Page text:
Precisely this possibility of deciphering the universal laws of existence hidden in the microcosm of a stone or a drawing, and the dizzying effect of each image, as Georges Didi-Huberman put it, lead Roland Flexner to construct a universe of parallel possibilities constructed by the constantly different repetition of forms produced by “automatic” gestures. The relationship with the body of the artist, and not just with the chemistry of the constituent elements, forms the basis of each drawing, which is the result of an action, a certain amount of breath, a “labor” the drawing distills. This aspect is most evident, perhaps, in the “bubble drawings”, a series in progress since the late 1990s, made by starting with a mixture of soapy water and ink the artist uses to form bubbles with changing surfaces, which depending on the “burst” (which always happens through the action of the artist, in the moment when the bubble has taken on an “interesting” form) and the spray of the liquid onto the paper, form the “nuclear” designs at the center of the paper. Here again, drawing is a condensation of matter and time, the trace of a three-dimensional form that disappears, leaving another image of itself behind.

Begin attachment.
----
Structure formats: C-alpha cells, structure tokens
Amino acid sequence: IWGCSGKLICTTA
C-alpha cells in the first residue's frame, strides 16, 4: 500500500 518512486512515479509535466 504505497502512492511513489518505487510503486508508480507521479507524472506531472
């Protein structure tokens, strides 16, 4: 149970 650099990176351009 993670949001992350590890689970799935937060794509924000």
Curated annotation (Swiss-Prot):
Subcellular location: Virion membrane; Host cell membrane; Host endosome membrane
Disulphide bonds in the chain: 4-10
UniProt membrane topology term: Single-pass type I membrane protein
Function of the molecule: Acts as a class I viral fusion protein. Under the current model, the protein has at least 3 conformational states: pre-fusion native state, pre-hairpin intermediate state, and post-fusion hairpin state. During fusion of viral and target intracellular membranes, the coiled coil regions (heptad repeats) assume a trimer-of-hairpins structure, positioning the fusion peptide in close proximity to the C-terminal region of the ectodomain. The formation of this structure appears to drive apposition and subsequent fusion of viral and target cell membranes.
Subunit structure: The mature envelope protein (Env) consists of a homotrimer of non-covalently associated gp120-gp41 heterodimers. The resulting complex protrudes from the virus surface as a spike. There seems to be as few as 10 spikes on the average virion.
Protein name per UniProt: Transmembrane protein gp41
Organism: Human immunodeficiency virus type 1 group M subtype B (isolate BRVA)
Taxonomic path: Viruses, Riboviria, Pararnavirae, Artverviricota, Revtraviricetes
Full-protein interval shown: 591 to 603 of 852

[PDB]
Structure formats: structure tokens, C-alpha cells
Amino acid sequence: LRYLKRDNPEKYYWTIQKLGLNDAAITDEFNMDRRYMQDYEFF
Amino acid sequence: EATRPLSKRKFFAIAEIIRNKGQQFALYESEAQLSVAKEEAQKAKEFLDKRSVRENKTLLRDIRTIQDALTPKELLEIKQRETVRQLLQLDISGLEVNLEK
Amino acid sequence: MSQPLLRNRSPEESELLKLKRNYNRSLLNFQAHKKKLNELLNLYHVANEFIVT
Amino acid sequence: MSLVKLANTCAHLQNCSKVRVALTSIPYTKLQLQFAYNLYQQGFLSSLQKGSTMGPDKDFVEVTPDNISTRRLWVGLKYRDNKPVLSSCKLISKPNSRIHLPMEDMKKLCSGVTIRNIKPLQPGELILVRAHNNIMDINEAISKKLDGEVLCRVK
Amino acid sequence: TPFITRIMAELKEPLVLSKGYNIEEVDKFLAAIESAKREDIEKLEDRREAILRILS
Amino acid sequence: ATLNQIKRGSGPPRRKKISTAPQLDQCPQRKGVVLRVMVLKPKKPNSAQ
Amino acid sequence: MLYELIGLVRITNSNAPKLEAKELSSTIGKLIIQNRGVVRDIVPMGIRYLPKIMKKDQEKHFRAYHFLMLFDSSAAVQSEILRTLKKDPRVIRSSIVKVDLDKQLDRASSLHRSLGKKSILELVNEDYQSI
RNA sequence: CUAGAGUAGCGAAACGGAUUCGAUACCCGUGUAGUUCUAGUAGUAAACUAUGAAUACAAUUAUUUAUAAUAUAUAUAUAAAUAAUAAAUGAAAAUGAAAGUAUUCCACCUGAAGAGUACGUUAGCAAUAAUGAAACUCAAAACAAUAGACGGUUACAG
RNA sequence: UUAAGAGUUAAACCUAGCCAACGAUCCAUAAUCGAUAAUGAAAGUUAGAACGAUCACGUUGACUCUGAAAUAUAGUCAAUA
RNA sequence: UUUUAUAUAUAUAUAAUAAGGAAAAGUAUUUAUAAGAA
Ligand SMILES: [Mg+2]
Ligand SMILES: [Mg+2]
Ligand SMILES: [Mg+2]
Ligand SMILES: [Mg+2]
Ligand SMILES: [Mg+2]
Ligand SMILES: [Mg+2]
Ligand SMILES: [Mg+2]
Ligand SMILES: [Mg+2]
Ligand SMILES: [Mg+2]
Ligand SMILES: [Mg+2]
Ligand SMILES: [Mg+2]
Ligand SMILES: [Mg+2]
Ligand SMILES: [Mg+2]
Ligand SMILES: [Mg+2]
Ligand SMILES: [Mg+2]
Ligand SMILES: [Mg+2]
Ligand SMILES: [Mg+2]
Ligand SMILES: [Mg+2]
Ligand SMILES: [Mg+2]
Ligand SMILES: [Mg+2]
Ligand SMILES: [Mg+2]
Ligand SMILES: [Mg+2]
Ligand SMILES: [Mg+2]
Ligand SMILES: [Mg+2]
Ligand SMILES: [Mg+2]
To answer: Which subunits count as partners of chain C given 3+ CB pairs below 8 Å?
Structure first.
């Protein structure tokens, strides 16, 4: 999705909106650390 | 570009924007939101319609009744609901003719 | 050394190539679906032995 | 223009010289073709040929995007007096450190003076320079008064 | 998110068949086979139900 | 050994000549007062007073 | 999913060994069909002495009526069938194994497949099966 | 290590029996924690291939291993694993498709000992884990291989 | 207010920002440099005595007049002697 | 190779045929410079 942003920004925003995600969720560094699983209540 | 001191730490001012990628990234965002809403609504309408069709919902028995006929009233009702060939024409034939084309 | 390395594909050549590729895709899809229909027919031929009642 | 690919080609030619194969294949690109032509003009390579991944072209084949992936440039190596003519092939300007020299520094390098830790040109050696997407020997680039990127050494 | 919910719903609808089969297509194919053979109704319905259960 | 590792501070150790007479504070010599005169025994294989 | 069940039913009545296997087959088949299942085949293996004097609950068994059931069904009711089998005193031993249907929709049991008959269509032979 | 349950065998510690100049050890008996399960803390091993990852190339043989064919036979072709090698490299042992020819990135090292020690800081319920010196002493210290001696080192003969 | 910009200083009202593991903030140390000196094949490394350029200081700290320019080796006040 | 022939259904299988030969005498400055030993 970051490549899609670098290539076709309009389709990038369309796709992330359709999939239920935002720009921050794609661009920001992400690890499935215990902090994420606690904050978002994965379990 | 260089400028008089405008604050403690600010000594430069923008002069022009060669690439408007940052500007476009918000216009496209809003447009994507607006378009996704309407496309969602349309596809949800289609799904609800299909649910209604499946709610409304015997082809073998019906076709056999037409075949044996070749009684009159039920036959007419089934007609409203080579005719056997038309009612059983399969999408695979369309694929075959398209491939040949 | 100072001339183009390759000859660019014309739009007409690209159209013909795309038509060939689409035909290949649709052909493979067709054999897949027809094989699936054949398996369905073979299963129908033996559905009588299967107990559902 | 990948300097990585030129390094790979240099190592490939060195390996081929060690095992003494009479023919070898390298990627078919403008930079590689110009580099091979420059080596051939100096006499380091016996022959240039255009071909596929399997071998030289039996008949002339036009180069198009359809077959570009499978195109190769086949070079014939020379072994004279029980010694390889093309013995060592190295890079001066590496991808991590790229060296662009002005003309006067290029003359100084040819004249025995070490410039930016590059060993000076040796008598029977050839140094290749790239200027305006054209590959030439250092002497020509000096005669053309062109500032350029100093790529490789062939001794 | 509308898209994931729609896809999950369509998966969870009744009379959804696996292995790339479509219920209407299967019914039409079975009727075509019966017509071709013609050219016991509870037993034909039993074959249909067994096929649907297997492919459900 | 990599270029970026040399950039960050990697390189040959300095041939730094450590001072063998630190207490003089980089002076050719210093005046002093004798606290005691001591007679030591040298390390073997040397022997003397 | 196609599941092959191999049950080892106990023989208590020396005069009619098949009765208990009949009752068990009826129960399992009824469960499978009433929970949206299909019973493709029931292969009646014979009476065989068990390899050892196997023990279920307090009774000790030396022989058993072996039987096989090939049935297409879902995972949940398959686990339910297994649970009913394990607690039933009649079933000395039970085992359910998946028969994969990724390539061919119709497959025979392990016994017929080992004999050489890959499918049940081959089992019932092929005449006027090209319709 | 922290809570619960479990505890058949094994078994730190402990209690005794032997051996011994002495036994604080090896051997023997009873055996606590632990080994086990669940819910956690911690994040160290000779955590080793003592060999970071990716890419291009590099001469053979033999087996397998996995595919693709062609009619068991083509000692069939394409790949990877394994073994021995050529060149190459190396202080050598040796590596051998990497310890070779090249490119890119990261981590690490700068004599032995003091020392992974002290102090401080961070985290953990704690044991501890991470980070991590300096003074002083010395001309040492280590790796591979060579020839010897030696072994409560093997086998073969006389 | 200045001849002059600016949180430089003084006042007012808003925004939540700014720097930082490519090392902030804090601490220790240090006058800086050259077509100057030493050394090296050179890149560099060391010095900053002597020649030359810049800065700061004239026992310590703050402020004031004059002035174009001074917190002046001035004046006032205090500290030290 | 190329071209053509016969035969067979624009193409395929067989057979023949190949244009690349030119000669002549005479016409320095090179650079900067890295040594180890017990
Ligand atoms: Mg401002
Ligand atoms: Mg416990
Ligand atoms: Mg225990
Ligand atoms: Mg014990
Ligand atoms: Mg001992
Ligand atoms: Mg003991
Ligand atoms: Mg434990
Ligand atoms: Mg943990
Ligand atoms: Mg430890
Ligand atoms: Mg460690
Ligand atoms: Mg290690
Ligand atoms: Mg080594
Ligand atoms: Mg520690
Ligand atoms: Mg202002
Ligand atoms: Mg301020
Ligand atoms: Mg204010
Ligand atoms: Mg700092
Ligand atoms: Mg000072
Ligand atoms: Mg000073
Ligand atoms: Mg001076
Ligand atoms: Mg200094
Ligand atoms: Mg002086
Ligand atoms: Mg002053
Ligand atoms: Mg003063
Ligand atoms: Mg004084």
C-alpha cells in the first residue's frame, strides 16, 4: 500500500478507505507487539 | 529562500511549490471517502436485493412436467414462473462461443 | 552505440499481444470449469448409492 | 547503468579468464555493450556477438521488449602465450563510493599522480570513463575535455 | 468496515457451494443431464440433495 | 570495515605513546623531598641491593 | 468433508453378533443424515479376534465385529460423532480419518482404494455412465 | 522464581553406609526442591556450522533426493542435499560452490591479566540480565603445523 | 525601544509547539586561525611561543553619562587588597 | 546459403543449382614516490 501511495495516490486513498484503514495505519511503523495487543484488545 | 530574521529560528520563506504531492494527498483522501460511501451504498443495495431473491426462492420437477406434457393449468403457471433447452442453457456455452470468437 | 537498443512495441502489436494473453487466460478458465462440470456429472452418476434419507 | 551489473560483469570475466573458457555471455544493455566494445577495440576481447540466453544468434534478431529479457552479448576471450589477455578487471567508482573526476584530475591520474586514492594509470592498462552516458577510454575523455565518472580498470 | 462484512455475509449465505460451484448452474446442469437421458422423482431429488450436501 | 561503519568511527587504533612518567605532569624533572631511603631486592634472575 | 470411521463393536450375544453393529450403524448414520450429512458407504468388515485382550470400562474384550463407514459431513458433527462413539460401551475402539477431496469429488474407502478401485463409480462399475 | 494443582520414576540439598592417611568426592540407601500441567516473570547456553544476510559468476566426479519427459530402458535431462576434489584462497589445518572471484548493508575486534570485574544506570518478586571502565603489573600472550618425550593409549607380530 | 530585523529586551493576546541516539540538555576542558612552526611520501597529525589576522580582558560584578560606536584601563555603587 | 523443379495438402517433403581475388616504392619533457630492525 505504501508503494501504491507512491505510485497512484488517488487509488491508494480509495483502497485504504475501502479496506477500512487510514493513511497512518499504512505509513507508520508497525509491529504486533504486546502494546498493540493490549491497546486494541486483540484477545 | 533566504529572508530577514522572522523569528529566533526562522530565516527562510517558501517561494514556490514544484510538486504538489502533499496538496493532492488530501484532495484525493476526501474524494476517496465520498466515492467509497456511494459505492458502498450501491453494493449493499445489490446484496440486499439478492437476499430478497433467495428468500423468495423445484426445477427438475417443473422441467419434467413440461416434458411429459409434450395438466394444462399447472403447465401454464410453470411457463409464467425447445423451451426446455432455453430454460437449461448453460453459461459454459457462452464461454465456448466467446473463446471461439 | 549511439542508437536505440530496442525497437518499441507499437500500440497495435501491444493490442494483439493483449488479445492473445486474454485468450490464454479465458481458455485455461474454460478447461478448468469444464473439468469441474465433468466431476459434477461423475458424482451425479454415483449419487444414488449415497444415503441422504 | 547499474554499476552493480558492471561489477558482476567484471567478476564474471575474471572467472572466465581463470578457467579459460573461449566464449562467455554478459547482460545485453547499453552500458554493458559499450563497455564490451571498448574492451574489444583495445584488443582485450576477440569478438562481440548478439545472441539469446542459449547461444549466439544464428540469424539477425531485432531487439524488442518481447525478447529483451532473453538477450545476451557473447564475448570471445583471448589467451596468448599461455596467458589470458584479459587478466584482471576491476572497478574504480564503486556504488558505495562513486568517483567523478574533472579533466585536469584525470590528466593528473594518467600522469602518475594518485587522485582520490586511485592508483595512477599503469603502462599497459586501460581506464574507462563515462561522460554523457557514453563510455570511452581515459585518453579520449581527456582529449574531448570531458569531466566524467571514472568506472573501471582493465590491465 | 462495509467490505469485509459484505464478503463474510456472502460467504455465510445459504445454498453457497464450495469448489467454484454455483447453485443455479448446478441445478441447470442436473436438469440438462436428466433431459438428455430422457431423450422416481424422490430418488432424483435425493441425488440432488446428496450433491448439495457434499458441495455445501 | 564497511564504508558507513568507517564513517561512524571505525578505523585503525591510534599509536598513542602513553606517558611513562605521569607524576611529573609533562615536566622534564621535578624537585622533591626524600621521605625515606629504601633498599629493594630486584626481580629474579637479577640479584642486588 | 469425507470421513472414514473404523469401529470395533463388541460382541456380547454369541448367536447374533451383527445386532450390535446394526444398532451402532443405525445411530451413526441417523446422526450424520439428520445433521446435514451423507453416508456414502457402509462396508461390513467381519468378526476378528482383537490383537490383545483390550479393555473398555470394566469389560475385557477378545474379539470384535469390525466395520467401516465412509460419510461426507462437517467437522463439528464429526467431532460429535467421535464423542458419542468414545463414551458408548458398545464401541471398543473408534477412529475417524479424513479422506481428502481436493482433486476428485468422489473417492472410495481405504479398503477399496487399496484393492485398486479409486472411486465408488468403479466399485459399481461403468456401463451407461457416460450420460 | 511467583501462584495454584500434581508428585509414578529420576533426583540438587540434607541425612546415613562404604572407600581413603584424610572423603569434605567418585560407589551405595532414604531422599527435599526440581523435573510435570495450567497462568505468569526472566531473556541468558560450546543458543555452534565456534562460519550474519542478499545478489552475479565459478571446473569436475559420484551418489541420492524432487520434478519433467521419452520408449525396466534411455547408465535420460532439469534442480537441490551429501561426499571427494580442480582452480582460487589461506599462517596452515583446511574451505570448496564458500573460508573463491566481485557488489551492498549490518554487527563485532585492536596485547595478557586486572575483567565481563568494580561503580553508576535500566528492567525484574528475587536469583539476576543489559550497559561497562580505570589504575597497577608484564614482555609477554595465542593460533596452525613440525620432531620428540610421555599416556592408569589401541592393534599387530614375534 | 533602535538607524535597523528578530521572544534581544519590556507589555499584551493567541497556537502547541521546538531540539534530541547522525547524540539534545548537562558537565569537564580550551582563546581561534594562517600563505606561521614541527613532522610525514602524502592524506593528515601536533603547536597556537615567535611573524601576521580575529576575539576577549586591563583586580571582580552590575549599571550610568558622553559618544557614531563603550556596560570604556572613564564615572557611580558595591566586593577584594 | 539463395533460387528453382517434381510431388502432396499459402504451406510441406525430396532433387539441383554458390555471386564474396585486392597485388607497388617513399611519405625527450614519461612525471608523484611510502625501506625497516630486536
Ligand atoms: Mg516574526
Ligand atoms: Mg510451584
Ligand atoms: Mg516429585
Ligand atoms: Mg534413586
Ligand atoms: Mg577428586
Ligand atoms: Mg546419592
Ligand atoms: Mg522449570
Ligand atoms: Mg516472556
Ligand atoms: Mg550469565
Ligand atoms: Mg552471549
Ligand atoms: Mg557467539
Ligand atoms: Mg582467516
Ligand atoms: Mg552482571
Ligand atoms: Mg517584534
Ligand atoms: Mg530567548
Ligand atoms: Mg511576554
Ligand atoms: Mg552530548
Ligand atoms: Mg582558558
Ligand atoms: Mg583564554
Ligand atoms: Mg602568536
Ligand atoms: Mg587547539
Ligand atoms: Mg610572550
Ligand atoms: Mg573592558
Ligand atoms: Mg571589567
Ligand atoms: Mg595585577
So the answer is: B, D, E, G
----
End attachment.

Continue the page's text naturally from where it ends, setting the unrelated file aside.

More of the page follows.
Like fossils, but certainly in a more abstract way, each bubble gives rise to multiple configurations that, as in the stones of Caillois, form micro and macrocosms whose laws can be discerned not perhaps by science, but through an effort of imagination. The memento mori contained in each drawing, the sign of a fleeting, fragile existence, like human life, returns in other works by Flexner with more naturalistic leanings. These are very small graphite drawings on a white field, depicting still lifes (mostly skulls) and misshapen people. The disturbing impact is attenuated by the technique: the subjects taken from photographs are fragmented by the almost pointilliste sign of the graphite and recomposed by means of the gaze, in a dynamic relationship of perception that seems to follow the principles of the Gestalt. Here it may be useful to recall the words of Rudolf Arnheim, in an interview in 2001: “I consider art to be a means of perception, a means of cognition. Perception makes it possible to structure reality and thus to attain knowledge. Art reveals to us the essence of things, the essence of our existence; that is its function.” (Cabinet, issue 2).
Flexner does not proceed by theorizing, but with an approach closer to meditation or contemplation. The glimpses the artist offers us are very evocative “cuts” in reality, “framings” that underscore particular, but nevertheless universal, obsessions, triggered by details of stones, designs of water and ink, reflected images, as in the latest installation at the D’Amelio Terras gallery, entitled (in fact) “Cuts”, in which for the first time the artist has combined suminagashi works, cut and mounted on wood, with Chinese cut jasper and stills taken from Sansho Dayu by Mizoguchi, in which a woman vanishes into the water. “Each medium in the installation is the subject of a cut: the film, the stones and the sumi drawings. They are all created by “mirroring” the image, as in a Rorschach test.”
Originally published on Mousse 15 (October-November 2008)